The plan to cut nicotine levels in cigarettes to a non-addictive level was originally unveiled two years ago by the Department of Health and Human Services, according to a regulatory document released on 20 November. Earlier this year, the Food and Drug Administration agency posted a notice on the government’s website, stating that the new policy “would have significant public health benefits for youth, young adults, and adults, as well as potentially vast economic benefits.”
The plan was originally developed in 2017, by the then FDA Commissioner, Scott Gottlieb, who wanted to reduce nicotine levels in cigarettes and other burnt tobacco products to near-zero. The plans were also paired with the decision, which was later reversed, to give e-cigarette producers more time to keep their products on the market without being regulated. However, Gottlieb left the FDA before the nicotine policy could be enforced.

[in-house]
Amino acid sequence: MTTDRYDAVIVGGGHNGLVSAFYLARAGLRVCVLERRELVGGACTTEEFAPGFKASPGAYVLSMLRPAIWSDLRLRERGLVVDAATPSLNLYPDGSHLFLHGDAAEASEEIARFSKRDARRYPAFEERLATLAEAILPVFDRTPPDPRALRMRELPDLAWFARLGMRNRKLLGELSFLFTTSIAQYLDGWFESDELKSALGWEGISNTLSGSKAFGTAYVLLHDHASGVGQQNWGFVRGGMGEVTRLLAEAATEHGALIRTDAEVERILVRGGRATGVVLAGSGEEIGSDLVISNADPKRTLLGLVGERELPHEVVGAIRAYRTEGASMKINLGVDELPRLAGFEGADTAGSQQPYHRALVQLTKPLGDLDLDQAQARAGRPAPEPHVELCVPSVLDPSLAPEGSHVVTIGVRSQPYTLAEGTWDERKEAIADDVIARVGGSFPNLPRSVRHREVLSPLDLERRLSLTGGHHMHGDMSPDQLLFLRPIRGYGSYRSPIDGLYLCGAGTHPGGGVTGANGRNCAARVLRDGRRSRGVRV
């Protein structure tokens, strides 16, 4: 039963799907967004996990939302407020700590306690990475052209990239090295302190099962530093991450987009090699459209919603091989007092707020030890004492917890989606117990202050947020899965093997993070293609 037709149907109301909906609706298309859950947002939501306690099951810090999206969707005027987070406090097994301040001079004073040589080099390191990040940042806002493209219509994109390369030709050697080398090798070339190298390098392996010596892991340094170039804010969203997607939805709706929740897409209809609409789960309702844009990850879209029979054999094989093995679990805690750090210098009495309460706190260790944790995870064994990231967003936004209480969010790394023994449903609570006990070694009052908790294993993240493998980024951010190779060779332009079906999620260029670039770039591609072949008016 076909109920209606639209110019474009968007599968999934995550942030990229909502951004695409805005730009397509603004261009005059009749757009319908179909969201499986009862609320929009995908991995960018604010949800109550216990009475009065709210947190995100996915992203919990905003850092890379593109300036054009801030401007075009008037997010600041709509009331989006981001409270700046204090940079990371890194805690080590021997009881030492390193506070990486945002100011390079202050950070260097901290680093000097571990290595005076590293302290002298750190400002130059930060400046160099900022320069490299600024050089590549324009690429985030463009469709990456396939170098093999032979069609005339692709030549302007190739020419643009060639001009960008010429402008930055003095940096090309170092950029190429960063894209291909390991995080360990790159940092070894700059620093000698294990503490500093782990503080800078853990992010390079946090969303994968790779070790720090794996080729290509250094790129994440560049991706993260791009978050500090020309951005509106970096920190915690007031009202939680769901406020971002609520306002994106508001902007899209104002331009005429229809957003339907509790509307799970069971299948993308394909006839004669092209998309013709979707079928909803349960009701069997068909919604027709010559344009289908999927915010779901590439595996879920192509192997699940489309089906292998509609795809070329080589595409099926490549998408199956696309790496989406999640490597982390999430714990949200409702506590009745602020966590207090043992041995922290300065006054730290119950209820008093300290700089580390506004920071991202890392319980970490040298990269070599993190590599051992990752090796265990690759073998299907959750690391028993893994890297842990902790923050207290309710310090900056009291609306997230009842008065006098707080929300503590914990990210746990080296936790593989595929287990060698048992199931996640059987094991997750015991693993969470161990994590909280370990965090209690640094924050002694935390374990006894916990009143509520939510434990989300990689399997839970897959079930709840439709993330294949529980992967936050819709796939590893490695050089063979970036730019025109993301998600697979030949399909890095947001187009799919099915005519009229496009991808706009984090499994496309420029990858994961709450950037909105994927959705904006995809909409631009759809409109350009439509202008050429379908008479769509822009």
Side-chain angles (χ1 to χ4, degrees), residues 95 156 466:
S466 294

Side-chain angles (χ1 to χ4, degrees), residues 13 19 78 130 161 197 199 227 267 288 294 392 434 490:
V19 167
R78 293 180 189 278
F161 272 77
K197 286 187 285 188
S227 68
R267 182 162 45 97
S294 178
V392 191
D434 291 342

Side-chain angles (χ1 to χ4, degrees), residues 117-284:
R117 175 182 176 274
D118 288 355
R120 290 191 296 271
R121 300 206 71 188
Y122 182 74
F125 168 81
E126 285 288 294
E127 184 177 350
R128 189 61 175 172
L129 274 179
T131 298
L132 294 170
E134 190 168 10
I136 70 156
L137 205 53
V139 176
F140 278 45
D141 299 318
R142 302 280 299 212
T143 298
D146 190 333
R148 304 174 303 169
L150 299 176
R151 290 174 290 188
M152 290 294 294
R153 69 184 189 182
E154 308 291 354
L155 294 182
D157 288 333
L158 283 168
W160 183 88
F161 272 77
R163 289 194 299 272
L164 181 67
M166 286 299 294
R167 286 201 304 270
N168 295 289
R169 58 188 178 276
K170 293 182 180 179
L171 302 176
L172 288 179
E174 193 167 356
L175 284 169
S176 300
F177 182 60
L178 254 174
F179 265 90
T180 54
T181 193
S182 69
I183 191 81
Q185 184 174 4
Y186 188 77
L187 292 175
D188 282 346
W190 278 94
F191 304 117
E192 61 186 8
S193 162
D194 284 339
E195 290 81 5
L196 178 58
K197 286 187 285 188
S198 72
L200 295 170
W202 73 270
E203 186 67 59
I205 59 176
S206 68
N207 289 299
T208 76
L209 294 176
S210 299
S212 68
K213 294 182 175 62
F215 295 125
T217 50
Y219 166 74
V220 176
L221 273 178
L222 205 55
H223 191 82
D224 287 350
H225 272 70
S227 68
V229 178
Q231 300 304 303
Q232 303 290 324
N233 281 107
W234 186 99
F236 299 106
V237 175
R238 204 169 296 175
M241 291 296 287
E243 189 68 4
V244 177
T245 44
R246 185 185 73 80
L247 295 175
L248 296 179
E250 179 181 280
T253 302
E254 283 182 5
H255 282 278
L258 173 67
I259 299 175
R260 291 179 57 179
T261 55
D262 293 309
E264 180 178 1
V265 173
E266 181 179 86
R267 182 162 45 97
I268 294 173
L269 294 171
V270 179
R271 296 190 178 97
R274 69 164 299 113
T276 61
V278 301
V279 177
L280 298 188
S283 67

According to the report, if the plans had been seen through, the New England Journal of Medicine estimated that 2.8 million lives could have been saved by 2060. However, the FDA’s notice has now been removed from the website, although FDA spokesman, Michael Felberbaum, told Bloomberg that the removal of the plans “does not mean the agency does not consider them a priority or will not continue to work on their development.”